Mr Jukes, the new moniker adopted by Bombay Bicycle Club’s bespectacled frontman Jack Steadman, is emphatically not a solo project. Built largely on samples and bursting at the seams with high profile guest spots (BJ the Chicago Kid, Lianna La Havas and Lalah 'Daughter of Donny’ Hathaway all crop up), the ethos behind his new bedroom project is every bit as (if not more) collaborative as that of his old band.
By 'bedroom project' we in fact mean 'cabin project'. The bones of what would become 'God First' (a name chosen to convey something about the spiritual aspect of inspiration and not the most conceptually tight thing about the record to be honest) were recorded on Steadman’s journey by boat from Shanghai to Canada. The only passenger on a commercial vessel, he would tape his keyboards down to combat the rolling of the ocean and then divide his time between exploring new beats and recording love songs for the crew’s wives.
This nautical environment cuts through most clearly on opening track ‘Typhoon’. Musically it maps out the fluidity of his musicianship by harking back to everything great on the mid-era Ninja Tune roster: smooth Cinematic Orchestra strings are introduced to arresting Cut Copy beats, giving an impression that will remain throughout the album that Steadman is cannily remixing his own music without bothering to pause and release the original version. But it’s the unusual use of traditional seafaring lyrics about fateful tides, blowing winds and waiting girls that convey a real sense of seaswept yearning, Steadman’s words sounding ever more sea shanty-ish as more and more voices from the St Aloysius' College Choir take up his steady chant.
From this point on his voice largely remains lost in the mix, submerged under choir-style group choruses and some impressively heavyweight guest spots, and re-emerging occasionally to steer the helm on tracks like 'Ruby' and 'Magic'. Sadly these tracks can't avoid sounding like experimental offcuts from final BBC album 'So Long, See You Tomorrow', as his distractingly accented vocals tend to inadvertently dominate proceedings (I'm sure I'm not the only one who assumed Bombay Bicycle Club were an Indian band when they first heard 'The Boy I Used To Be', not just because of the name either).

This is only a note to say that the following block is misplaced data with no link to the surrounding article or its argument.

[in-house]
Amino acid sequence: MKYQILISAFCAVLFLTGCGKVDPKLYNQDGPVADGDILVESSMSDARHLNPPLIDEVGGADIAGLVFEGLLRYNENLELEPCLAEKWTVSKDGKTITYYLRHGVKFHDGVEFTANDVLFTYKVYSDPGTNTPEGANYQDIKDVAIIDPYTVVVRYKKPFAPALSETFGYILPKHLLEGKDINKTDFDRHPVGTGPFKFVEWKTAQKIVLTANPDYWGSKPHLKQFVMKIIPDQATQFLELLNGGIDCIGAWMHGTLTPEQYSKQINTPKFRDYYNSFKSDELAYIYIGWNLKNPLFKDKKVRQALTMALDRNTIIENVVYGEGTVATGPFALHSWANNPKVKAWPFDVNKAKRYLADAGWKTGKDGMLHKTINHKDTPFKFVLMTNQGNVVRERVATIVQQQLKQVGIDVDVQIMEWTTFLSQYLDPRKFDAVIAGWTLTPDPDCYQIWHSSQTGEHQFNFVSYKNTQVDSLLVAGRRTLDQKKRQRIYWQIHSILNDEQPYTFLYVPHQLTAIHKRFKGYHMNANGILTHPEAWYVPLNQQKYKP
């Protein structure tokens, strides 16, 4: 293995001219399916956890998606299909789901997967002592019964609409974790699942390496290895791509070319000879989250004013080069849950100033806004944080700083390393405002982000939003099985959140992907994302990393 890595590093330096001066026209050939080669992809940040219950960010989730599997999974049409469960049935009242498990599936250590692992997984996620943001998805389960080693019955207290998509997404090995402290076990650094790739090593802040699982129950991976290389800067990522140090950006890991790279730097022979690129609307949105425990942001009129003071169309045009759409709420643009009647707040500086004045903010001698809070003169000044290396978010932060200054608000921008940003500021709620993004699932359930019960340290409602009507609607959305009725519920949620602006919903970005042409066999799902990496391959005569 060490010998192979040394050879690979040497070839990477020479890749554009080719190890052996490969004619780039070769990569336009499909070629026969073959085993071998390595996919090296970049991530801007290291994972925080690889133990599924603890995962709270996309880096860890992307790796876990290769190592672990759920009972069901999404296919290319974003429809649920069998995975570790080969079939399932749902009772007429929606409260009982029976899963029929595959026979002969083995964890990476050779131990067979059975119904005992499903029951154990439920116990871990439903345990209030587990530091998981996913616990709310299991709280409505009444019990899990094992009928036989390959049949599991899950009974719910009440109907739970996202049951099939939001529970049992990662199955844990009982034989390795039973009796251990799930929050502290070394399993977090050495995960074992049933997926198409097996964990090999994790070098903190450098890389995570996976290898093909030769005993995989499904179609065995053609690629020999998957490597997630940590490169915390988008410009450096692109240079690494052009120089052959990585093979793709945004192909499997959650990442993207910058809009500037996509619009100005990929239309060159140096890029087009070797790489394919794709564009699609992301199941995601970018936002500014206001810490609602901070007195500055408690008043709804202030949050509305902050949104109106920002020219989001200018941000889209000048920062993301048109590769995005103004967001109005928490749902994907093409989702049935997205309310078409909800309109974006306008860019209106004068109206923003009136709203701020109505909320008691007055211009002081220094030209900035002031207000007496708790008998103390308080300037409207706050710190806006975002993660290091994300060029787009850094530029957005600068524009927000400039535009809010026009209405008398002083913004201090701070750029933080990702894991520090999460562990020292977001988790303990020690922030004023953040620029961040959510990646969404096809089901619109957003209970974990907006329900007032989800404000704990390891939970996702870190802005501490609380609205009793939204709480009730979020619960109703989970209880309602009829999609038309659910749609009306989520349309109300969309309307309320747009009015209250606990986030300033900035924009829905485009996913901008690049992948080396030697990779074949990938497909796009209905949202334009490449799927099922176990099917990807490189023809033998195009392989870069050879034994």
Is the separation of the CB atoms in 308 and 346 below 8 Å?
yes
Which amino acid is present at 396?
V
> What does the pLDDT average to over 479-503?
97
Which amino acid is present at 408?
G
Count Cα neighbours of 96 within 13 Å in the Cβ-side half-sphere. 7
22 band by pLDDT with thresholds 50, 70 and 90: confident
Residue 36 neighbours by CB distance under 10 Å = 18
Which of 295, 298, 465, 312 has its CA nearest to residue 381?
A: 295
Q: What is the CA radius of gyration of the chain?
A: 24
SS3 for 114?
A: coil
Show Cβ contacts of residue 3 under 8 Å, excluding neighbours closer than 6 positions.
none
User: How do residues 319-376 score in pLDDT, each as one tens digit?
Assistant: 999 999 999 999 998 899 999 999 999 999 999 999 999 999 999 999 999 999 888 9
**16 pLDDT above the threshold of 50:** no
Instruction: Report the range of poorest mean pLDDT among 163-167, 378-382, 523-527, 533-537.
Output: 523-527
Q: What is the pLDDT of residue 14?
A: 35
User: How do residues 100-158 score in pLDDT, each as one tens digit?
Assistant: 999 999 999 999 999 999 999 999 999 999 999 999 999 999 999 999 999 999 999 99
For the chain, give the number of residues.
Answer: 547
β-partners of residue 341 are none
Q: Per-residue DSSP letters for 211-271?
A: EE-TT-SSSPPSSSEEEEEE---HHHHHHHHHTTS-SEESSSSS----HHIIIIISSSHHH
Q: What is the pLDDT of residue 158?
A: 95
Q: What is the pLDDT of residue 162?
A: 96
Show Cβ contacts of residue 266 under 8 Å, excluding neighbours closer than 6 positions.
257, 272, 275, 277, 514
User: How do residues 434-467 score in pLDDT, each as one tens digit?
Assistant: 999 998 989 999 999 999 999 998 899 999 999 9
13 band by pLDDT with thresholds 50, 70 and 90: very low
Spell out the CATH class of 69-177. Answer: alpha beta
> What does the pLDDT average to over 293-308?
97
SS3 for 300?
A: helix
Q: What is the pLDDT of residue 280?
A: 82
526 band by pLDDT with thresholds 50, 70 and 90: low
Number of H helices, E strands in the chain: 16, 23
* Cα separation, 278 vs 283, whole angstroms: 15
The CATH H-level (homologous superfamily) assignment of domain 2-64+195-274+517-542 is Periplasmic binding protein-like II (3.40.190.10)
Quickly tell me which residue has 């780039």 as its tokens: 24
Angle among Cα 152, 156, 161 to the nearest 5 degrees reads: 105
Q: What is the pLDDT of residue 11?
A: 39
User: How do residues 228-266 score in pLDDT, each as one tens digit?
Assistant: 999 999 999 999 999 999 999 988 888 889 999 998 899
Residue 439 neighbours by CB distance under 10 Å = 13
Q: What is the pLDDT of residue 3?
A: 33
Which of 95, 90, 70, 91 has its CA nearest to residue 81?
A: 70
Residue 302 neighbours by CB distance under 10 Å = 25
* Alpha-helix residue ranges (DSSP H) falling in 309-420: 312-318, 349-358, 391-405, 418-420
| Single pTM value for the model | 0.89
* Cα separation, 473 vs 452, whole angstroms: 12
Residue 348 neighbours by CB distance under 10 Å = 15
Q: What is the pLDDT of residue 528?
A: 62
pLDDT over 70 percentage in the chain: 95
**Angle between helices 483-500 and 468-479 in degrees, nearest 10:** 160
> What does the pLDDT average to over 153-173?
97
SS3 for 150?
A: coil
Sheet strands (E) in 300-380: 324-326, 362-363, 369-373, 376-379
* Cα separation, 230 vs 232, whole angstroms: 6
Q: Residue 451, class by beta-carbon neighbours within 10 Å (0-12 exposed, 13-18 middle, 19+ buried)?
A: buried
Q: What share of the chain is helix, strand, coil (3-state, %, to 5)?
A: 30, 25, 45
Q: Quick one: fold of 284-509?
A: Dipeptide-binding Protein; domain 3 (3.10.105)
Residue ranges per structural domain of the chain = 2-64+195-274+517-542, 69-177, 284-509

It’s when Steadman truly inhabits his Mr Jukes persona and hides behind his collection of keyboards, drum machines and sample pads, letting someone else take centre-stage, that ‘God First’ really finds its feet. Elli Ingram and Lianne La Havas pour vocal caramel over both ‘Somebody New’ and ‘When Your Light Goes Out’ respectively, while De La Soul rock up on ‘Leap Of Faith’ to shore up their reputations as the kings of collaboration (and launch a fleet of well-merited Gorillaz comparisons across the internet in the process). The pairing of tracks and performers is flawless throughout, with BJ the Chicago Kid lending his effortless cool to the equally laissez-faire ‘Angels/Your Love’ and Lalah Hathaway adding some gospel heft to ‘From Golden Stars Comes Silver Dew’.
Steadman’s deep knowledge of musical history also makes 'God First' manna from heaven for geeky crate diggers. Album highlight 'Grant Green' perfectly demonstrates the numerous levels at which his brain seems to be capable of operating at any one time. The song features the indomitable Charles Bradley, who famously spent much of his career as a James Brown impersonator, and whose vocals kick in after a horn introduction that is heavily reminiscent of Brown's 'It's A Man's, Man's, Man's World', a song that was sampled by the Wu-Tang Clan for their single 'Gravel Pit', which also sampled 'Ain't It Funky Now' by, wait for it... Grant Green.
Both immediately hook-filled and intellectually deep at the same time, ‘God First’ has already earned its place as one of the most exciting and unexpected releases of 2017. In recasting himself as the enigmatic Mr Jukes, Steadman has tapped into a well of inspiration that almost completely bypasses his own history as a guitar-toting indie icon, feeding instead off a far wider history of dance, soul and funk. What could have been a vanity project instead sacrifices its creator's ego at the altar of musical collaboration, pushing the limits of what constitutes both a 'bedroom project' and an ‘ensemble piece’.
Words: Josh Gray
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